In the FAP licence application, it will ask you when you last reviewed these key policies (e.g Complaints Handling Policy) and what date you will review them next.

Members of KAN will have access to our standard policies and processes that can be adjusted to best fit your business. This is at no additional cost and our compliance team will work with you to create a compliance assurance plan (CAP) that is the right fit for your business.

Myth #1: Being an AB is safer due to the licence holder taking the risk

This isn’t exactly true. In an AB model, the liability is shared between the licence holder and the AB. 

This means that the licence holder must be held accountable for maintaining compliance for all ABs under their licence. 

A consequence means that as the number of ABs under a FAP licence increases, so does the risk. When risk increases, so do controls and processes to mitigate the additional risk. This could mean rigidity and extra steps to comply with the licence holder.

Myth #2: ABs do not get included in FMA monitoring visits

This isn’t the case and depending on the size of the FAP that the AB is part of, they may be selected to be included as part of a monitoring visit.

Myth #3: As an AB, my compliance is just sorted

Your FAP licensee will give you the framework to be compliant, however, you still need to do the work. 

At KAN, the team provides support to the members' businesses, regardless of their licensing structure to make sure they’ve got a compliance plan that fits the unique needs of their business.

What next?

Navigating the differences between being an Authorised Body (AB) and a FAP licence can be complex. Both structures have similar compliance obligations and it is worth understanding these whether you are an AB or FAP licence holder.

We hope this clears up some misconceptions about the differences and what each structure entails.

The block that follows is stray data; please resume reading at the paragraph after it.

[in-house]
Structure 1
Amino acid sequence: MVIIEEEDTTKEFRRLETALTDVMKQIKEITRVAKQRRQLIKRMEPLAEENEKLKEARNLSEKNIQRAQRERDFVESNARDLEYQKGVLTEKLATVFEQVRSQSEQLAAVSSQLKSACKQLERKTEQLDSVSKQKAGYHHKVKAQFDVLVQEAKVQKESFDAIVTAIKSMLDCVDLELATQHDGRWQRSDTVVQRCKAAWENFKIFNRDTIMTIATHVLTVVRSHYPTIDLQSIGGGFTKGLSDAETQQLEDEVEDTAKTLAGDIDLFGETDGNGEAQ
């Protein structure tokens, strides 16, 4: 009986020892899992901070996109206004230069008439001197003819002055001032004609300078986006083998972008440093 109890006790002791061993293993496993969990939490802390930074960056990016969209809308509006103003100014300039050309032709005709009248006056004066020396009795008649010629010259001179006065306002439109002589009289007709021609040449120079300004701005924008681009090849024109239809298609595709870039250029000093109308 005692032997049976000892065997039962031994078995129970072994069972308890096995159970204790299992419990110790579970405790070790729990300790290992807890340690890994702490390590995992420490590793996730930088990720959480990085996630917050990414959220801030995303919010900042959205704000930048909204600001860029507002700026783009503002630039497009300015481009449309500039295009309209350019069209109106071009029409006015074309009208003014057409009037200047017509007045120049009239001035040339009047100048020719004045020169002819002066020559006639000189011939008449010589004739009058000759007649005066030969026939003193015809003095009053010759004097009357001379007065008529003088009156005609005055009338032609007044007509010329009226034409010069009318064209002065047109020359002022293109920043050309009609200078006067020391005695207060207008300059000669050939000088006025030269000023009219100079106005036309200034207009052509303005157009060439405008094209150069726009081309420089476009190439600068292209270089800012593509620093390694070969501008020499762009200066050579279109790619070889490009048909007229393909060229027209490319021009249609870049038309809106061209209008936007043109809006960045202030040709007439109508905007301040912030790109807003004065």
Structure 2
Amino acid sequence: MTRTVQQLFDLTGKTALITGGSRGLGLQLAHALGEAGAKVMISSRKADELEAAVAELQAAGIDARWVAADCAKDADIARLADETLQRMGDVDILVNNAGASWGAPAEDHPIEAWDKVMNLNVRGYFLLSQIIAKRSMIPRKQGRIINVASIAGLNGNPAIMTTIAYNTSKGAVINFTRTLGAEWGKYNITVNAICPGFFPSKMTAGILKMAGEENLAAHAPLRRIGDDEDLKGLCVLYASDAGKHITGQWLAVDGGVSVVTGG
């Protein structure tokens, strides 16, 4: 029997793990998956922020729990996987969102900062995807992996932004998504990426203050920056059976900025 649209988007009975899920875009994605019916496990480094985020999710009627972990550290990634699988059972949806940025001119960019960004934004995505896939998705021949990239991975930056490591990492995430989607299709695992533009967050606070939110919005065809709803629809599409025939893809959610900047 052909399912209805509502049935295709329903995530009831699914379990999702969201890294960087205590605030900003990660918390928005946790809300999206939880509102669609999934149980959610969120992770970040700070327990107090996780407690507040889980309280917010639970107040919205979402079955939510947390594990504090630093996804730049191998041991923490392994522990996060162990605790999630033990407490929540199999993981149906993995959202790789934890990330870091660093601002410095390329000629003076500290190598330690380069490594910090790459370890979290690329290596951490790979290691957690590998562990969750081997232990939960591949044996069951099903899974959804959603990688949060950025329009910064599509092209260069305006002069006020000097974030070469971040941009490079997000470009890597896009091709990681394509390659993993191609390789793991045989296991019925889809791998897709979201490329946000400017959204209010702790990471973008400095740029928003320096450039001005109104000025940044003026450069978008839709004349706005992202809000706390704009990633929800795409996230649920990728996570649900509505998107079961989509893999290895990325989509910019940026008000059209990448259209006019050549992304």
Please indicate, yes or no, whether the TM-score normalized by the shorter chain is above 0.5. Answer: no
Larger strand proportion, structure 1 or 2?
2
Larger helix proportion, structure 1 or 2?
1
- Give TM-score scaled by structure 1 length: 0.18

Ultimately there is no one-size-fits-all solution, so it's important to get tailored advice to determine the best structure for your business.

For more on what a Financial Advice Provider is, click here.

Since the Financial Services Legislation Amendment Act (FSLAA) kicked off in March 2021, there has been a lot of industry noise surrounding licensing structures and what they could mean for your business.

A key topic of debate is deciding whether to operate as an Authorised Body (AB) or obtain a Financial Advice Provider (FAP) licence.

The right licensing structure depends on your business needs. In this article, we will explore the two main licensing structures that small to medium financial advice businesses in New Zealand are likely to consider.

So which one is best for you and your business? Let's look at the common questions and myths that surround both structures.

If I’m an Authorised Body under an aggregator’s FAP licence, does that mean I don’t have to do compliance?

In short, no. You have the same regulatory obligations as a FAP licence holder. 

Authorised Bodies are required to have the same governance controls in place and are held to the same standards as a FAP licensee.